Microbes pose no threat to winter swimmers, according to Finnish Health Institute

Swimming in ice cold water has many proven health benefits. (Lehtikuva/Reuters)
The Finnish tradition of ice swimming poses very little risk of microbial infection to swimmers, the National Institute for Health and Welfare (THL) has announced.

The institute periodically screens swimming waters during the winter as well as the summer. However as THL has no real obligation to report on wintertime swimming conditions, centralised data on the quality of winter waters is not readily available.

THL planner Outi Zacheus said that people may dip into icy waters without fear of microbial infection – even though cold doesn’t actually kill the microscopic creatures.

“Microbes survive much better in the cold than in great warmth,” she said. “Viruses and pathogens can subsist in dark, cool water for weeks or months. In the summer the sun’s UV radiation kills off some microbe populations.”

Public ice swimming areas can be found across Finland in the winter. (Marjut Suomi/Yle)

An annual problem for the warm season is blue-green algae, which is mostly evident during the summer. The algae cannot withstand the cold, and many birds that would otherwise litter beaches and waterways with guano fly abroad in the winter.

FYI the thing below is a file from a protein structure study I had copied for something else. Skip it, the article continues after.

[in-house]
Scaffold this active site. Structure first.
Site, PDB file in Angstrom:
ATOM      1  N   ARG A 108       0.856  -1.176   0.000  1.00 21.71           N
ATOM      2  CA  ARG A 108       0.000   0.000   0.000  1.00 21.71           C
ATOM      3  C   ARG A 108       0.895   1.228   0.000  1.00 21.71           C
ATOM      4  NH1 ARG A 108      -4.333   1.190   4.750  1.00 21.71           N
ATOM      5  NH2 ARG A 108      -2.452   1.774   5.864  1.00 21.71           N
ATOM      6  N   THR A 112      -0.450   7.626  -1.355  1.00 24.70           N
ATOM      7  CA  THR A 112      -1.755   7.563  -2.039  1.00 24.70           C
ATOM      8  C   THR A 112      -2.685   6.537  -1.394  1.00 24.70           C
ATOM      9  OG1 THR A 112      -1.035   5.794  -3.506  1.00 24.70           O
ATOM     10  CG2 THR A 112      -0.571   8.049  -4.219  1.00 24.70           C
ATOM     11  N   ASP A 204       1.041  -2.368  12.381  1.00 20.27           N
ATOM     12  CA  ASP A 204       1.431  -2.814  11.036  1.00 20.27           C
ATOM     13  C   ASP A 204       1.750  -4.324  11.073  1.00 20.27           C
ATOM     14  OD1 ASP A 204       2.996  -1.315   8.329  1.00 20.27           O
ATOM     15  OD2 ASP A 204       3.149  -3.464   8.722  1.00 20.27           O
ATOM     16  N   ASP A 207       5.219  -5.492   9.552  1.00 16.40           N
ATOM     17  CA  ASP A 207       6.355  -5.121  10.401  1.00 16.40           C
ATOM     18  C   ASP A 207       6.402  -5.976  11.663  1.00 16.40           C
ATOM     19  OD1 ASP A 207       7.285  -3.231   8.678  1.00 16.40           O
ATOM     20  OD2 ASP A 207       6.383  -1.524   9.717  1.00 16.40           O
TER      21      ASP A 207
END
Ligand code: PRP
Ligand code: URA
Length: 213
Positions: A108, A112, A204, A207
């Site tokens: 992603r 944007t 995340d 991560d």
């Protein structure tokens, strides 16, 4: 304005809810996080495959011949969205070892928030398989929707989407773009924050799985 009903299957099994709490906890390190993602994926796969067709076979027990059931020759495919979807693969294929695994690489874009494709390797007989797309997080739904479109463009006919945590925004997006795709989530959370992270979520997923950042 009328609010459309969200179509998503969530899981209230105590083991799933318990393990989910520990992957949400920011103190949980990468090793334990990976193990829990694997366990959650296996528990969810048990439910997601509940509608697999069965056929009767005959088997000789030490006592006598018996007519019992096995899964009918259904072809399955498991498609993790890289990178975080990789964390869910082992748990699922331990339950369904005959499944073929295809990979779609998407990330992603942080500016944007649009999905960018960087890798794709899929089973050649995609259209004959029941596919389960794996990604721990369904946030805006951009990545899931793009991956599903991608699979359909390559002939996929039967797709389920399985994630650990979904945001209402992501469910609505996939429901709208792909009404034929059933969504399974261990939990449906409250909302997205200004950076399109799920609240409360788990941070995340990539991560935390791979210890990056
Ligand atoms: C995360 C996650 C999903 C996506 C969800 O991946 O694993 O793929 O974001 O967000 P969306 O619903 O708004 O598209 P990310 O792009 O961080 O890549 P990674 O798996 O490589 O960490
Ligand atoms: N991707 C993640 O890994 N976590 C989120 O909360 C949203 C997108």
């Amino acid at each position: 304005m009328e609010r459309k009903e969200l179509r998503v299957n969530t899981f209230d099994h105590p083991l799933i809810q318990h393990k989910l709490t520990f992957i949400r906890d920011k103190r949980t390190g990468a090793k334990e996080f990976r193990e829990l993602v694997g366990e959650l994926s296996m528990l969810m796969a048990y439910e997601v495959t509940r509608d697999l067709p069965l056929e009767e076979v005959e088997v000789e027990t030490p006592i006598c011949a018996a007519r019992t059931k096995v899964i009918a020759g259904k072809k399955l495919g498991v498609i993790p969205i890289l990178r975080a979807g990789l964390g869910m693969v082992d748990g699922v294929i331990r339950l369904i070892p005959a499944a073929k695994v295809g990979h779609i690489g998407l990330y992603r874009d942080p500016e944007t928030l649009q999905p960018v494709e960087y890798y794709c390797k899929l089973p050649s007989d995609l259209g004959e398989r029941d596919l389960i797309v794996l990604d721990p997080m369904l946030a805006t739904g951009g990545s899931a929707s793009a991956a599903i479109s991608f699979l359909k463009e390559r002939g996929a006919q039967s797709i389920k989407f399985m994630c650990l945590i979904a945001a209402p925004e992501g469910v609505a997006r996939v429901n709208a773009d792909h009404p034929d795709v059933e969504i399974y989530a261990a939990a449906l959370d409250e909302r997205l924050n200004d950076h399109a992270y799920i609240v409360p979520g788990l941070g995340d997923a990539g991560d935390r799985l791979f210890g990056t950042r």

Less swimmers in the winter

Human behaviour also changes when swimming in freezing ice holes. Since ice swimming tends to be an adult activity, there is a lower risk of accidental effluents from young children. After a human-caused norovirus outbreak in 2014 people are also more aware of sanitation and hand-washing, and are less likely to take winter dips while ill, the THL expert noted.

“People tend to swim much less in winter overall,” Zacheus said. “If you only take a quick plunge the risk of ingesting water by accident is smaller.”

So far Finland’s water-based epidemic reporting service has yet to receive a single wintertime hazard report.

The quality of winter swimming waters is overseen based on the Health Protection Act and a general ordinance for small public beaches from 2008.

While check-ups are rarer in winter, the same protocols apply year round. They include screening water for intestinal enterococci and E. coli bacteria, and scanning the surface for trash or oil.

Private swimming holes are not quality-controlled. However the results of quality checks must be clearly posted at the site of public ice swimming holes. Health and quality checks may also be published online.

Related links from around the North:

Canada: Why water safety programs aren’t working in the Arctic, Eye on the Arctic

Finland: Finnish researcher testing plants to purify lakes and seas, Yle News

Iceland: How Canadian scientists discovered a geothermal source in 1970s rural Iceland, CBC News

Russia: Russian and American scientists team up to study Arctic Russia’s weakening sea ice, The Independent Barents Observer

Sweden: Swedish raft made from trash draws attention to plastic pollution, Radio Sweden

United States: Algae-related toxins found in Arctic sea mammals, Alaska Dispatch News

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